James Backhouse (4) was born in York on 22nd October 1825, son of the botanist, nurseryman and Quaker missionary James Backhouse (3) (born 1794, died 1869) and his wife Deborah (née Lowe) (born 1793, died 1827). His mother died when he was about two years old. When he was six, his father went to Australia to do missionary work for 7 years and then exploring Mauritius and southern Africa for 3 years, leaving him in the care of relatives until his return in 1841.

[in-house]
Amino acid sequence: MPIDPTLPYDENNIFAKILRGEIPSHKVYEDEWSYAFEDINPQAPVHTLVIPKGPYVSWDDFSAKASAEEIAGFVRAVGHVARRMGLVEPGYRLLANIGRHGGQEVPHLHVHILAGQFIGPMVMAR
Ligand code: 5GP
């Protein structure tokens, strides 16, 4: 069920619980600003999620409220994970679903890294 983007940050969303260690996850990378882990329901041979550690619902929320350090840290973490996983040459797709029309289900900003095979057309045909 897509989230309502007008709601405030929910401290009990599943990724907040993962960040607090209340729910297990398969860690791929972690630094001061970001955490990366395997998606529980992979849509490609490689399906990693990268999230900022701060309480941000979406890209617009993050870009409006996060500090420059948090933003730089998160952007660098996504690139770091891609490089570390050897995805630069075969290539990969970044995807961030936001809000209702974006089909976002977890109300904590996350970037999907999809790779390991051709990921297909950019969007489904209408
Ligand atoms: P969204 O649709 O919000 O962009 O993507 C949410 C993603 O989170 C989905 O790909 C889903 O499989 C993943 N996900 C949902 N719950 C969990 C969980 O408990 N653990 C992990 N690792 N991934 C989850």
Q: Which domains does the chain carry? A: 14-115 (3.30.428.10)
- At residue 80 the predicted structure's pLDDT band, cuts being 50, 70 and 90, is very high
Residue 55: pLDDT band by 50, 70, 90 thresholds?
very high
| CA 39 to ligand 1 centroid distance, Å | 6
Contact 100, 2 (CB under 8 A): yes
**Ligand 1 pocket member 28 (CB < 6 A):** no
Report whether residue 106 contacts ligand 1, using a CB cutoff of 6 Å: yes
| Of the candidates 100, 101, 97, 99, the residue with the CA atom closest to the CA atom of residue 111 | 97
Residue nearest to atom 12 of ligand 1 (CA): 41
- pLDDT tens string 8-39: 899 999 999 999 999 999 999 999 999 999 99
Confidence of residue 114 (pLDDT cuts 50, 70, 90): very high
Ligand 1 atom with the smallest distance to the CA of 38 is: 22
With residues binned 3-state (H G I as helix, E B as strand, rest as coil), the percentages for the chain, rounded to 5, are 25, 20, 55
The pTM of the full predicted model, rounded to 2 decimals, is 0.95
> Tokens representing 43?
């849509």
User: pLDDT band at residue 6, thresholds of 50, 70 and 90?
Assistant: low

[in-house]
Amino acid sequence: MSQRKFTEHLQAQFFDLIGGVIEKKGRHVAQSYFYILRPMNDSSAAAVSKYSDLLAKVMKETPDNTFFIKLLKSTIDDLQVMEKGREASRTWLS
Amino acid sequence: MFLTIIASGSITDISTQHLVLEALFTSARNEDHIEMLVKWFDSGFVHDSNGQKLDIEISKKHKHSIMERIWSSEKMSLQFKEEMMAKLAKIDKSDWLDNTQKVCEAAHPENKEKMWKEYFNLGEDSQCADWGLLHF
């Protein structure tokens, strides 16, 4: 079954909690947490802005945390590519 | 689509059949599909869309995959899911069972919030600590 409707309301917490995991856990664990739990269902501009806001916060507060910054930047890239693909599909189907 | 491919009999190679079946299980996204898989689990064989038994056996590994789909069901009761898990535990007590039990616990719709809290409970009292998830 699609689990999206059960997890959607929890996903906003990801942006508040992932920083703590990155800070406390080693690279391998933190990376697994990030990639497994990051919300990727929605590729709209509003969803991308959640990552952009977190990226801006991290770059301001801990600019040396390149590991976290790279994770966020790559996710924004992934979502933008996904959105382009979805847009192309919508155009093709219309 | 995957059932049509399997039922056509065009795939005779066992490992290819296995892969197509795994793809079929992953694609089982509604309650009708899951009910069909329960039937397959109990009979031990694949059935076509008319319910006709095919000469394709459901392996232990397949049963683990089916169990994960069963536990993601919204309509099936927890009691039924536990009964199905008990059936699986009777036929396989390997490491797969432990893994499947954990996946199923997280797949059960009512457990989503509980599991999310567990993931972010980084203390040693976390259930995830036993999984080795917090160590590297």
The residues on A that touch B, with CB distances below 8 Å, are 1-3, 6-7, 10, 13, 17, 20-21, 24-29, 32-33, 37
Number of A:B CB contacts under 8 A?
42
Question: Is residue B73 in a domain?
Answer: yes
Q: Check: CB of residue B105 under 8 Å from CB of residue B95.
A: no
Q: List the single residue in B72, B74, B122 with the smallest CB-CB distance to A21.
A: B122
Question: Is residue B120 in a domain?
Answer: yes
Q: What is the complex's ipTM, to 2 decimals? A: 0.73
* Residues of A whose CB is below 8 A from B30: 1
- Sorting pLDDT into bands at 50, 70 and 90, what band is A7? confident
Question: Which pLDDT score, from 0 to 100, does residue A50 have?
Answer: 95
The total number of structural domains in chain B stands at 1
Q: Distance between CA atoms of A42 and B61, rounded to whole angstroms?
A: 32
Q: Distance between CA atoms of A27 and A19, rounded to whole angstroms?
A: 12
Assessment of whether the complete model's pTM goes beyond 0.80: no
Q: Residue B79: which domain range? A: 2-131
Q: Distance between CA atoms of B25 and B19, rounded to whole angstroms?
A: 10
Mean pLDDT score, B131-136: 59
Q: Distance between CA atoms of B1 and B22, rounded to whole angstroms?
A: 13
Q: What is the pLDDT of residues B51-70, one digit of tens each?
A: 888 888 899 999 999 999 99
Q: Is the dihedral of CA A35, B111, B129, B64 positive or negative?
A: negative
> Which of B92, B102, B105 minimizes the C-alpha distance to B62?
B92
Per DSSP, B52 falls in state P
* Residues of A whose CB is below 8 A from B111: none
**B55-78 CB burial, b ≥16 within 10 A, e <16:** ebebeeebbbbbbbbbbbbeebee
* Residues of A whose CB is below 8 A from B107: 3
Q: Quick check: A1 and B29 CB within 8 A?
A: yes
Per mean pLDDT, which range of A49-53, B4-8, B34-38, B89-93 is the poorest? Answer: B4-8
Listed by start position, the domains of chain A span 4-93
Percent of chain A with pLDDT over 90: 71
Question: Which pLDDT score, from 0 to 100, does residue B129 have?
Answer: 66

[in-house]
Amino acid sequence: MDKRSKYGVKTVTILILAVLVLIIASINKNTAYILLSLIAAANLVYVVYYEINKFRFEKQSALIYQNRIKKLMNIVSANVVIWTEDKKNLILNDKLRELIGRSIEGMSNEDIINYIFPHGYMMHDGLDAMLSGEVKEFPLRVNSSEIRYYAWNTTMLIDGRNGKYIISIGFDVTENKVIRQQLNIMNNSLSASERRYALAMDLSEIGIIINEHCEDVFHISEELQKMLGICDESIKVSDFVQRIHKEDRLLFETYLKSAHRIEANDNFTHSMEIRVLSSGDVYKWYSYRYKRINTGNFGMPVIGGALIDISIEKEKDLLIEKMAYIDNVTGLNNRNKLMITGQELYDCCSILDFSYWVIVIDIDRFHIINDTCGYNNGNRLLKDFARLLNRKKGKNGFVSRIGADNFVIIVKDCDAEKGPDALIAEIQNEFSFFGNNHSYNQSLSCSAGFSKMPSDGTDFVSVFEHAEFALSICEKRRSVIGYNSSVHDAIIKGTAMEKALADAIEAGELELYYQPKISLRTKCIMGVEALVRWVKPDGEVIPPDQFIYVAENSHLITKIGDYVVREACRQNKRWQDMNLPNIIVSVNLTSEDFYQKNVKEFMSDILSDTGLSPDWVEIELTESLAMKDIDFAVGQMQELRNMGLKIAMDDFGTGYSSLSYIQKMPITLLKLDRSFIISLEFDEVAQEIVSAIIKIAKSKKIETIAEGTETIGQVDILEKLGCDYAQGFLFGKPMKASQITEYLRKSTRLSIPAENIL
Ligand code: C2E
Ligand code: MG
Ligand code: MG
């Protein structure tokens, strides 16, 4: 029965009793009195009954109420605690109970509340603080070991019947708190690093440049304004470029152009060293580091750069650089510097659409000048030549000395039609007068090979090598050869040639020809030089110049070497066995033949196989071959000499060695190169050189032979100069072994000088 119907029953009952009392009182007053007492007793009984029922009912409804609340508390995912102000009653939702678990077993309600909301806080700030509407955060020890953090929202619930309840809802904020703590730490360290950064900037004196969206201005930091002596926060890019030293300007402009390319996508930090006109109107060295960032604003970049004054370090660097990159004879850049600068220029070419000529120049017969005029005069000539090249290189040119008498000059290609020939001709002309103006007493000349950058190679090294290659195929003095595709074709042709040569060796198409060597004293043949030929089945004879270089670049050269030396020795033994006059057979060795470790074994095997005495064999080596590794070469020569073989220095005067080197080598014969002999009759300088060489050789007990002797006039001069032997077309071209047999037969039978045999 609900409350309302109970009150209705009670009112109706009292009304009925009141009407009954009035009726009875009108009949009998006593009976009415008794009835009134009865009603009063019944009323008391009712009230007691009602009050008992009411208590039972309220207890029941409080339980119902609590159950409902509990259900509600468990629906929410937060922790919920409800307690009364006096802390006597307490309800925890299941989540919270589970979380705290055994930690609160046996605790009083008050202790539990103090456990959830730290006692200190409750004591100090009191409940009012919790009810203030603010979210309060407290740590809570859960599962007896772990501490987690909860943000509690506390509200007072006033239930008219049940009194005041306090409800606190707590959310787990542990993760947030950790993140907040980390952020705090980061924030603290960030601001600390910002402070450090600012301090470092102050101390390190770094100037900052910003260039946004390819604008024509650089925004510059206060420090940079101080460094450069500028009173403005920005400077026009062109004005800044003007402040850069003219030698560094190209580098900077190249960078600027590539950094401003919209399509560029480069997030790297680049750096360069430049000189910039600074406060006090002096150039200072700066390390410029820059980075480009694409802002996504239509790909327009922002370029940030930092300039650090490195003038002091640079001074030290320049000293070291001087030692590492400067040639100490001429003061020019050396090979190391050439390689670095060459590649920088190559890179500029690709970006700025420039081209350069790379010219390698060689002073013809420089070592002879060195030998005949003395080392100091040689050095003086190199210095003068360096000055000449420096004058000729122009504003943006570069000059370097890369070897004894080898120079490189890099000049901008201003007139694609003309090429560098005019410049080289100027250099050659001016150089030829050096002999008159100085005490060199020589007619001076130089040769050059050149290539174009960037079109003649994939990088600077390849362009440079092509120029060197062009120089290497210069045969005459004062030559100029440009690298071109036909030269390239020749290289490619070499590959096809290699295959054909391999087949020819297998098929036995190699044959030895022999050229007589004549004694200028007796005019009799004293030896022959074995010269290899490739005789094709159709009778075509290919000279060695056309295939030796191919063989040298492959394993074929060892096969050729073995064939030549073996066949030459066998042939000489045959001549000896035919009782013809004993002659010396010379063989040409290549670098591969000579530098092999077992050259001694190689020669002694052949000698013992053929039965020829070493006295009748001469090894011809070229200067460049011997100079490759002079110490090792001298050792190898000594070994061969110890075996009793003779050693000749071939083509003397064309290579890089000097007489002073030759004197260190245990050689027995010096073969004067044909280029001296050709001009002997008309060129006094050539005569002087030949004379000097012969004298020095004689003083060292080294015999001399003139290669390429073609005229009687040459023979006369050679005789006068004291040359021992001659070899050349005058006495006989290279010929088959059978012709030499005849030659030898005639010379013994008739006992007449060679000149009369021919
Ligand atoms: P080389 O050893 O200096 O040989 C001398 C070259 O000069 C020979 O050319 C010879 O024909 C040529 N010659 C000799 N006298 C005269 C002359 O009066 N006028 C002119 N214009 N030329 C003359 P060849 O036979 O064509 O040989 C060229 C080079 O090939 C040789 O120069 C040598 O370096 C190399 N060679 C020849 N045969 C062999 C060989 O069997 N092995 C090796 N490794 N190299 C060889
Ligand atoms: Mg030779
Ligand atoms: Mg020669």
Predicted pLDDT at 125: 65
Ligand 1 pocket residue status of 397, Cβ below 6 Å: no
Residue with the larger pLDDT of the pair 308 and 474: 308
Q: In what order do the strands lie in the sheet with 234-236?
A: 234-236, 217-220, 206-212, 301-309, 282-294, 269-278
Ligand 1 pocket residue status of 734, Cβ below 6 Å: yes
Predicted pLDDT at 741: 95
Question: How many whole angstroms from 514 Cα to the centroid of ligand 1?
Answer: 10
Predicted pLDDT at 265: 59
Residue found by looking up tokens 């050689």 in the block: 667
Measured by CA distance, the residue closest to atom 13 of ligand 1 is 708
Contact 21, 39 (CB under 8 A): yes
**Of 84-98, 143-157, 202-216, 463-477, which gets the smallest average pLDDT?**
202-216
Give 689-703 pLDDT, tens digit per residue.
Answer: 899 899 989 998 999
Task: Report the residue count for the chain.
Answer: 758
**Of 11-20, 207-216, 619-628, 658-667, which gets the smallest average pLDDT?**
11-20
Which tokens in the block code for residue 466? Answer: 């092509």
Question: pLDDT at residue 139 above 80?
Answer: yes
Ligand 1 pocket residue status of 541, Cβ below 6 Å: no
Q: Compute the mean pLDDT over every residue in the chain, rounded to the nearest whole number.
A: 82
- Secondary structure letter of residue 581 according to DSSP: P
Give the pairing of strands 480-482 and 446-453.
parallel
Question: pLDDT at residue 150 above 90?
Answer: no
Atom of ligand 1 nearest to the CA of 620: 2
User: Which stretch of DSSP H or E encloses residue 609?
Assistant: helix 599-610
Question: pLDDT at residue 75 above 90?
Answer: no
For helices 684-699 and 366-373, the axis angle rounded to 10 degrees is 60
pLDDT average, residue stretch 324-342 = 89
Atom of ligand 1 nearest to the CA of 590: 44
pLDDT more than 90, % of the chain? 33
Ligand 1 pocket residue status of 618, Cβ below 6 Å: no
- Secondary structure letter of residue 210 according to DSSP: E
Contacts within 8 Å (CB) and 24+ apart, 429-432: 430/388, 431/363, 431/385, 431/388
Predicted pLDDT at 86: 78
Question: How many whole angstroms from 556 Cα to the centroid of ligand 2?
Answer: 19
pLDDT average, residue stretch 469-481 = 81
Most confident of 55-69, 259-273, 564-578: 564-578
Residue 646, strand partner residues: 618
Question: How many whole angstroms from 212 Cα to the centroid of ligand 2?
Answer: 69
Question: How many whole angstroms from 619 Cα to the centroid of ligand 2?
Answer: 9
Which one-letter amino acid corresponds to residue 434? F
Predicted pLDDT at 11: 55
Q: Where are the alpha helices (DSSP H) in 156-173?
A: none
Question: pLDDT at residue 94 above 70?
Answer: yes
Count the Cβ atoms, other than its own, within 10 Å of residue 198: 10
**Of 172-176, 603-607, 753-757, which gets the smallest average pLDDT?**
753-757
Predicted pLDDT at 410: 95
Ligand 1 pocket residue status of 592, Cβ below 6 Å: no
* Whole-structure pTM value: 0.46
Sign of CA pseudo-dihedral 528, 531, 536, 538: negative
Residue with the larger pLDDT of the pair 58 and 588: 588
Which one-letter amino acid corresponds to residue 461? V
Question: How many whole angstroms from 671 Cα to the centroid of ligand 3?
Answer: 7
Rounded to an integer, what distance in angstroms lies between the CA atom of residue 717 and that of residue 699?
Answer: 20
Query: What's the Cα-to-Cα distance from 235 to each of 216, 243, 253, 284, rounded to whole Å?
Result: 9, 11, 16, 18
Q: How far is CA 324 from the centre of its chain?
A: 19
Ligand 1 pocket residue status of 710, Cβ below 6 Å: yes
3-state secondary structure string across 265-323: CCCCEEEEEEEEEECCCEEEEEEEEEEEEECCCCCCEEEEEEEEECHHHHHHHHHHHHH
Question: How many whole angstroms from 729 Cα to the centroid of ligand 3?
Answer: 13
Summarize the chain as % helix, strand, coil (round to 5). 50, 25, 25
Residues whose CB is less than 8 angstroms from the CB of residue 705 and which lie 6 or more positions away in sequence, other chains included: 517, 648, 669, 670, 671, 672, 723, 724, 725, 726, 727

From 1843 onwards, he spent time exploring the uplands and mountains of Britain and Europe with his father, collecting alpine plants. After the death of his uncle, Thomas, in 1845, James (4) worked with his father in the family nursery business in York. James (4) was also an enthusiastic archaeologist and geologist. Together with his son, James (5), he excavated the Moking Hurth Cave (also known as Backhouse Cave, or the Teesdale Cave, or Malkins Cave) at Forest-in-Teesdale, County Durham, between 1878 and 1888.